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B.C. restaurant that had $40K of whisky seized in ‘prohibition-style raid’ settles with province

Click to play video: 'Popular Vancouver whisky bar settles with province after legal battle'
Popular Vancouver whisky bar settles with province after legal battle
WATCH: A popular Commercial Drive bar has finally won a years-long legal battle against the province. – Dec 8, 2022

The owners of a Vancouver restaurant and whisky bar are declaring victory, nearly five years after provincial liquor inspectors seized $40,000 worth of product off their shelves.

Fets Whisky Kitchen will get the booze back, but only after they cease to hold their liquor licence and after they pay a $3,000 fine.

“Just a big sense of relief. It was finally over, we could move on, we could get on with the rest of our life, because it’s taken up a big chunk of it,” co-owner Allura Fergie told Global News.

“They were wrong, you’ve got to fight for what’s right,” added co-owner Eric Fergie.

Read more: $40,000 in whiskey seized from Vancouver restaurant in ‘Prohibition-style raid’

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In January 2018, liquor control officers accompanied by Vancouver police descended on Fets in what the owners at the time described as a “prohibition-style raid.”

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At issue was 242 bottles of whisky from the Scotch Malt Whisky Society which were purchased through a private liquor store. Under B.C.’s liquor control and licensing regulations, all liquor must be purchased through the Liquor Distribution Branch or authorized licensee like a micro distillery.

The Scotch Malt Whisky Society (SMWS) is an international organization that allows members to buy exclusive whiskies not available to the general public.

The Fergies challenged the seizure, but lost two appeals at administrative levels.

Click to play video: 'Government agents stage Prohibition-style raids'
Government agents stage Prohibition-style raids

In March, 2021, however, a B.C. Supreme Court judge ruled they had been denied procedural fairness because the province had refused to turn over documents relating to the run-up to the raid.

That was important, the Fergies argued, because the documents could have shown whether the raid was simply an inspection by the liquor officers, or part of a larger investigation with the potential for charges.

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The latter case requires the use of a warrant, the Supreme Court ruling noted, and the judge ordered the province to produce the documents and referred the dispute back to the administrative appeal level.

The Fergies say provincial officials never fulfilled that order, and not long before the matter was due to head back to court in October, they were offered a deal instead.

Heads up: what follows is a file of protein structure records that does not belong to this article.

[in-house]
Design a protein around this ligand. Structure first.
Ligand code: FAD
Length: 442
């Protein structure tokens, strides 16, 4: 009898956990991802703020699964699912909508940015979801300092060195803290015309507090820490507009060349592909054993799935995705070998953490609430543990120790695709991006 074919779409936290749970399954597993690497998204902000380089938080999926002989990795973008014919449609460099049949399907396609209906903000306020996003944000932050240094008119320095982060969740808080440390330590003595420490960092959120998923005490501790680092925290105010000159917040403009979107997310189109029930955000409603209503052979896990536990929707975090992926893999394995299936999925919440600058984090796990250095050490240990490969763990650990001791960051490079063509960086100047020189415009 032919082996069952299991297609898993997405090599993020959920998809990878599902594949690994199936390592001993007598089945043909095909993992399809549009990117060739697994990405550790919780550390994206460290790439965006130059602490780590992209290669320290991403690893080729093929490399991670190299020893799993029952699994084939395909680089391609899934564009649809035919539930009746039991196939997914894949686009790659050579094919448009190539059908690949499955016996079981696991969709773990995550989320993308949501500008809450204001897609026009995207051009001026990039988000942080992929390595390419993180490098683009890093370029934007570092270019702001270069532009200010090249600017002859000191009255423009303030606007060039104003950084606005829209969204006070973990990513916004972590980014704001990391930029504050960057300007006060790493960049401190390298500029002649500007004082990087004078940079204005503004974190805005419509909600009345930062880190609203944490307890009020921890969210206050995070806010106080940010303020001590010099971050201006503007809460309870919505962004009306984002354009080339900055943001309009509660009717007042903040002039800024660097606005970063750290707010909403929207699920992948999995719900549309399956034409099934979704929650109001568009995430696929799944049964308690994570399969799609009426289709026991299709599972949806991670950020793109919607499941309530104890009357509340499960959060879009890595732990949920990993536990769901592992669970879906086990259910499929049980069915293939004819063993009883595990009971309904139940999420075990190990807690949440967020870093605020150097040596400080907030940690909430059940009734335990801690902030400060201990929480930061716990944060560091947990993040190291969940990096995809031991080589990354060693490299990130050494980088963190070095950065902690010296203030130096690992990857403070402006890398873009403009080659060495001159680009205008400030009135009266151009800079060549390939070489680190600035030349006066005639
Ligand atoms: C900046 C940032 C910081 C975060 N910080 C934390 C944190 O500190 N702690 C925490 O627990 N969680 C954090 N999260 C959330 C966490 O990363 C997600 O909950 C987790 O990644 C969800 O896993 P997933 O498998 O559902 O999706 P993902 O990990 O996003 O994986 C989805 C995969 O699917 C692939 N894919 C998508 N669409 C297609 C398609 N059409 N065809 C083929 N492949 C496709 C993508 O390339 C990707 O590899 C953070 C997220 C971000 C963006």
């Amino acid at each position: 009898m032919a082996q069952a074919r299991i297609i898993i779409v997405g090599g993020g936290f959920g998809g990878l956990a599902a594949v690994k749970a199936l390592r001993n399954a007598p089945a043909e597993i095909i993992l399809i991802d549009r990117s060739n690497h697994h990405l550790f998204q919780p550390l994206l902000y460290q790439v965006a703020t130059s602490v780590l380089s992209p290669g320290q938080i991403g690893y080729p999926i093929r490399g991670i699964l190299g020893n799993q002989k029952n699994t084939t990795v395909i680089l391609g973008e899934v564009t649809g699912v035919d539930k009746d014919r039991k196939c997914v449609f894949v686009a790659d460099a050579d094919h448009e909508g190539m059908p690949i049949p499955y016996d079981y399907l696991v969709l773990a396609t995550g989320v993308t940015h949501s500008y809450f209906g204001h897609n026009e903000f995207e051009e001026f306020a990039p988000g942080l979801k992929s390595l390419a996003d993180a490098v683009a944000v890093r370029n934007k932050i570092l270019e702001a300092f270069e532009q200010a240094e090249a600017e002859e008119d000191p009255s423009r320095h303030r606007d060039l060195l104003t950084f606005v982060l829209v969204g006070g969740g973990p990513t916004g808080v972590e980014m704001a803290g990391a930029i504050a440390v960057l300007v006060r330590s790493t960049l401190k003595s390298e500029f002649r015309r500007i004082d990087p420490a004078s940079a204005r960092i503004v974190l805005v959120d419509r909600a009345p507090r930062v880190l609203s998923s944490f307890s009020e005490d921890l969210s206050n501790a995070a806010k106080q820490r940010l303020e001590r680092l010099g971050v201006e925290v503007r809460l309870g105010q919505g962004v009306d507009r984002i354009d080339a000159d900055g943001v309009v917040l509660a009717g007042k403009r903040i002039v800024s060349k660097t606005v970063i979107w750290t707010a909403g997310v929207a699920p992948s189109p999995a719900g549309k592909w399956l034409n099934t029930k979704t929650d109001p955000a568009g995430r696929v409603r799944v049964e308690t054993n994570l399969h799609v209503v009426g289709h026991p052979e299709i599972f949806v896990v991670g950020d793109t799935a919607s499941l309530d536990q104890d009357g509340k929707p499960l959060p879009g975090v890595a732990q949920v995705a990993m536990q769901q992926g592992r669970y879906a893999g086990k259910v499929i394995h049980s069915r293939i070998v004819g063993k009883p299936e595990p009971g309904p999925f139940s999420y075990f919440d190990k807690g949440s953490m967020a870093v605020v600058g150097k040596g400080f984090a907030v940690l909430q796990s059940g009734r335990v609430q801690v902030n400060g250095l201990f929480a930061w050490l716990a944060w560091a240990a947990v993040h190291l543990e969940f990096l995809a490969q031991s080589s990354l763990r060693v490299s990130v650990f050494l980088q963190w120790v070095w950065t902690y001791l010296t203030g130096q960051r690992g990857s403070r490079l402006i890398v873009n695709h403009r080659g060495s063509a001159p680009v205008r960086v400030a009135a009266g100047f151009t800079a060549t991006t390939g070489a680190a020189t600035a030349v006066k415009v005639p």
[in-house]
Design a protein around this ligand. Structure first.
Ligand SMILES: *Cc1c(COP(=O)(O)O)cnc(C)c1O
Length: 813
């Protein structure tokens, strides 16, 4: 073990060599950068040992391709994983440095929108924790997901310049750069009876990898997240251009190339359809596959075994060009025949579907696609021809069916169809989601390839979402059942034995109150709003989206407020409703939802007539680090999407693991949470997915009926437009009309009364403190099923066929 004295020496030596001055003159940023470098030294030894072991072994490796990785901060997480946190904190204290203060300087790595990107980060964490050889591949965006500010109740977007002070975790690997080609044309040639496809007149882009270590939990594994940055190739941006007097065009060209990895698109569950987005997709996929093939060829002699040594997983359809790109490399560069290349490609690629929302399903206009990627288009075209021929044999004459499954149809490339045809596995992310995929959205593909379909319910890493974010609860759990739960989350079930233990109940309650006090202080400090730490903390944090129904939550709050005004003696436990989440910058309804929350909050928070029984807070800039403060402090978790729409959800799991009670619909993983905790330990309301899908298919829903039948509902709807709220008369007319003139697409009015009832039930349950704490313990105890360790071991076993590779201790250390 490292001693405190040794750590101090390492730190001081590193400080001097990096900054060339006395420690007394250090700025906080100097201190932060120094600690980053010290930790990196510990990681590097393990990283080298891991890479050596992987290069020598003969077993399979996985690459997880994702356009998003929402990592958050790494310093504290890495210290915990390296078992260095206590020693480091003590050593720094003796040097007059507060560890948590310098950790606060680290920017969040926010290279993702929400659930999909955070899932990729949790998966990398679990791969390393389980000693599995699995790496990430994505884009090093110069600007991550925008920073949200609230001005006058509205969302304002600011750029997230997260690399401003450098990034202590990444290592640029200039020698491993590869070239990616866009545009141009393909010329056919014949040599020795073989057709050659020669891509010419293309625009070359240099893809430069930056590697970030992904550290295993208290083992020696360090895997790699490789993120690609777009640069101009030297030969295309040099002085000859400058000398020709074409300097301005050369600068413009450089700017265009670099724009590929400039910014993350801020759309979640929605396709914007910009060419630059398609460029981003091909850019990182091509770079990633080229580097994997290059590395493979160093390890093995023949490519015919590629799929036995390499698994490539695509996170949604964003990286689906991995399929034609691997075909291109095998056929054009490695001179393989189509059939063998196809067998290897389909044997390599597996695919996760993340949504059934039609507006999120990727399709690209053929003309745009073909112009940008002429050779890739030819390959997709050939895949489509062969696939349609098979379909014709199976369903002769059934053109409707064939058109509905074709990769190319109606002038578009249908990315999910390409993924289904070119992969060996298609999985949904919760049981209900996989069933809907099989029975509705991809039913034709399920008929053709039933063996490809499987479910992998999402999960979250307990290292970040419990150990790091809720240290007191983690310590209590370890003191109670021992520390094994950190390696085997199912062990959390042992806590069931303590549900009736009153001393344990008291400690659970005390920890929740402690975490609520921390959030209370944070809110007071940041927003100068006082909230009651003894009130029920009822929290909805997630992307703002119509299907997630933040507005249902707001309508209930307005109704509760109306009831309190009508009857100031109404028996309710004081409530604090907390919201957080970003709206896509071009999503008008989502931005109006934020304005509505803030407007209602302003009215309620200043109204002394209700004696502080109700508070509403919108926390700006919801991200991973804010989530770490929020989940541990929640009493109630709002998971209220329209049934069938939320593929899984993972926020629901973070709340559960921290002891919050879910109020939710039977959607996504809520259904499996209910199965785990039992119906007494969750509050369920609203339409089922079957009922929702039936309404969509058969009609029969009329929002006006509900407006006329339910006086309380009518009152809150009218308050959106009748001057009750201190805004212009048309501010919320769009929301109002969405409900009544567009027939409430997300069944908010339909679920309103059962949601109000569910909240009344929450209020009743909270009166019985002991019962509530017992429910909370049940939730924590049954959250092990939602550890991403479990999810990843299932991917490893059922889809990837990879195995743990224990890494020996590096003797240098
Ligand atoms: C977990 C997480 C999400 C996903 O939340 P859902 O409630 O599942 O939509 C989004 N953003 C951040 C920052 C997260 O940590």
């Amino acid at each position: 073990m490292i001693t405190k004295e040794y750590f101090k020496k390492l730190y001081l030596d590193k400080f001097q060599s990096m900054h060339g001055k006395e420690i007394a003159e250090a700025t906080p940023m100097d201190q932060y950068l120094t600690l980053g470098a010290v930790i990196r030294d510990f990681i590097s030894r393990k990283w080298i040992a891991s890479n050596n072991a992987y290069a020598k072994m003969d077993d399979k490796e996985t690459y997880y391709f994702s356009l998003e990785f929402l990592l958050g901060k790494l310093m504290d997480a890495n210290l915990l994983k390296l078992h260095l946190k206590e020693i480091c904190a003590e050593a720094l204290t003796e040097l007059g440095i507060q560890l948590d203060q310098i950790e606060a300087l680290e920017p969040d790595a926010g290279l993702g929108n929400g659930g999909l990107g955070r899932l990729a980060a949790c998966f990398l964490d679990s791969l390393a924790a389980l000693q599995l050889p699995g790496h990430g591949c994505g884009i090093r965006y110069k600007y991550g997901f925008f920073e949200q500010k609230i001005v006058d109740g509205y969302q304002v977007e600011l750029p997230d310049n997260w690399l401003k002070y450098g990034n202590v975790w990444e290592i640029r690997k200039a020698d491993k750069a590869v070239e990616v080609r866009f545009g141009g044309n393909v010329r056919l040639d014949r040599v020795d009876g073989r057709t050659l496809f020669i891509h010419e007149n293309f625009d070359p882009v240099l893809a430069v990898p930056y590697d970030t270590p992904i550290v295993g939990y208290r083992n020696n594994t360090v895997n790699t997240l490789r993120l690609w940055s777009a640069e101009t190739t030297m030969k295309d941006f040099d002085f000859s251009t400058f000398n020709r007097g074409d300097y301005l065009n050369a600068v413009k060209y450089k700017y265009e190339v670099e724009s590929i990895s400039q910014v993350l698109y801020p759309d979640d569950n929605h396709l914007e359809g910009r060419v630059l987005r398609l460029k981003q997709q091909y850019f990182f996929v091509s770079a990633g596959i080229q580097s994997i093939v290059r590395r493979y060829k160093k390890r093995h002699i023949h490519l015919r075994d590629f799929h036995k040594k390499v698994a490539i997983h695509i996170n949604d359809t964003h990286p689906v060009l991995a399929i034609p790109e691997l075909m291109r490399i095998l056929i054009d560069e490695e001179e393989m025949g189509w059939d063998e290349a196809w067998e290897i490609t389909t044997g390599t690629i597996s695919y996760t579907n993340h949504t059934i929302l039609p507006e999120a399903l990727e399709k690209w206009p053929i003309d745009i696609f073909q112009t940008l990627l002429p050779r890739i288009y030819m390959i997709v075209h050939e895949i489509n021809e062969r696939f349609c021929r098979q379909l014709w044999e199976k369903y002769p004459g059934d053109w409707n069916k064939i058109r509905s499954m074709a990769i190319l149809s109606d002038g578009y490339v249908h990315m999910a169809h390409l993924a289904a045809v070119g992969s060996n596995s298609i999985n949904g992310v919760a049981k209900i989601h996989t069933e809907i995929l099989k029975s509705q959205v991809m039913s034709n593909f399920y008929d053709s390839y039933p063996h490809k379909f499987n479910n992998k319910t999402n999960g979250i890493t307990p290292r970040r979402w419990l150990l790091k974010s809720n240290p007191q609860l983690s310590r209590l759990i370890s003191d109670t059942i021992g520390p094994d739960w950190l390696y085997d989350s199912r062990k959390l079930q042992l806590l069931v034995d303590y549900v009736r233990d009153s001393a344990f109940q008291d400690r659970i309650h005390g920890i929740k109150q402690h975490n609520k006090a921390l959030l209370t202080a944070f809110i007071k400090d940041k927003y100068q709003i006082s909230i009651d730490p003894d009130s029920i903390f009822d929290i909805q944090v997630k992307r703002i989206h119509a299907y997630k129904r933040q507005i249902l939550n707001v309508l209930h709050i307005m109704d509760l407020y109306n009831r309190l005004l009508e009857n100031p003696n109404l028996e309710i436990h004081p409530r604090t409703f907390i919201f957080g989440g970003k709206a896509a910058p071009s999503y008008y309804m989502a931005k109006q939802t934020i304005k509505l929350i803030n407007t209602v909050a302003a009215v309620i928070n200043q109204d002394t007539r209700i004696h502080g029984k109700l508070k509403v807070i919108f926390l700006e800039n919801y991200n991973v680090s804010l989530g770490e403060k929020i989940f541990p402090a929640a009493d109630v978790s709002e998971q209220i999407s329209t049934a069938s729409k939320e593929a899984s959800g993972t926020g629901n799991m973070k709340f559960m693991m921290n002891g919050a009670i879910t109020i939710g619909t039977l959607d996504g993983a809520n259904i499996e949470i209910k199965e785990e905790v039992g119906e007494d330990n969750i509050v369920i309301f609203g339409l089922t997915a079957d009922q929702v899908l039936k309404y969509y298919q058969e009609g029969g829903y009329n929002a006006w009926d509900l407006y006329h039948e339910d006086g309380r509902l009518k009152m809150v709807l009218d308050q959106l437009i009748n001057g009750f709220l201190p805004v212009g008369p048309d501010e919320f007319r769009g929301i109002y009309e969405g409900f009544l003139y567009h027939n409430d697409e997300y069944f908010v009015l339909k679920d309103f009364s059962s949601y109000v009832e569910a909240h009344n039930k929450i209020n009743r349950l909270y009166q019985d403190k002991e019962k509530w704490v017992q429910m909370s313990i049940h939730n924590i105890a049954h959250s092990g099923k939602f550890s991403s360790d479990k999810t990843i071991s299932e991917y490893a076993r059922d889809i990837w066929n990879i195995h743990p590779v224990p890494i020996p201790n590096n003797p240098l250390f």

“That’s where we were headed, and we believe the government did not want to produce said documentation,” Eric said.

“So they came to us with an offer to return the whisky to us. And what we agreed to was to pay a $3,000 fine, but we got the whisky back.”

In a statement, the Ministry of Public Safety and Solicitor General confirmed it reached an agreement with the restaurant over the seized liquor, which was purchased against the terms of the business’ liquor licence.

It said the owners had signed a waiver on Nov. 18 accepting the monetary fine.

“Under B.C.’s Liquor Control and Licensing Act, purchasing liquor from a source other than the Liquor Distribution Branch or a designated outlet is prohibited. It is also a contravention of the terms and conditions associated with a ‘food primary’ liquor licence,” it said.

“All liquor licences issued in the Province of British Columbia are subject to the terms and conditions of their licence. It is the responsibility of the licensee to ensure that their business practices are compliant with the terms and conditions of their licence, and that all aspects of the licence are operated lawfully.”

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The Fergies agreed to pay the fine, and acknowledged that the whisky had been purchased contrary to B.C. regulations — though say they hope their fight helps change those rules.

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“Don’t just lie down and take it. If you know in your heart that you have a fight then fight,” Allura said.

“Change in the liquor system as well, for businesses to be able to buy from private liquor stores, government liquor stores, it all comes from the same place, so why are we all not allowed access to it?”

It looks like the Fergies’ will be getting their hands on the liquor sooner than later.

After nearly 40 years in business on Vancouver’s Commercial Drive, they’re selling the business on Dec. 23.

“It’s important everybody knows this legal fight we’ve had with the government plays no part in our closing,” Eric said.

“It’s time, we’ve had a great run, we’re just busy busy busy all the time.”

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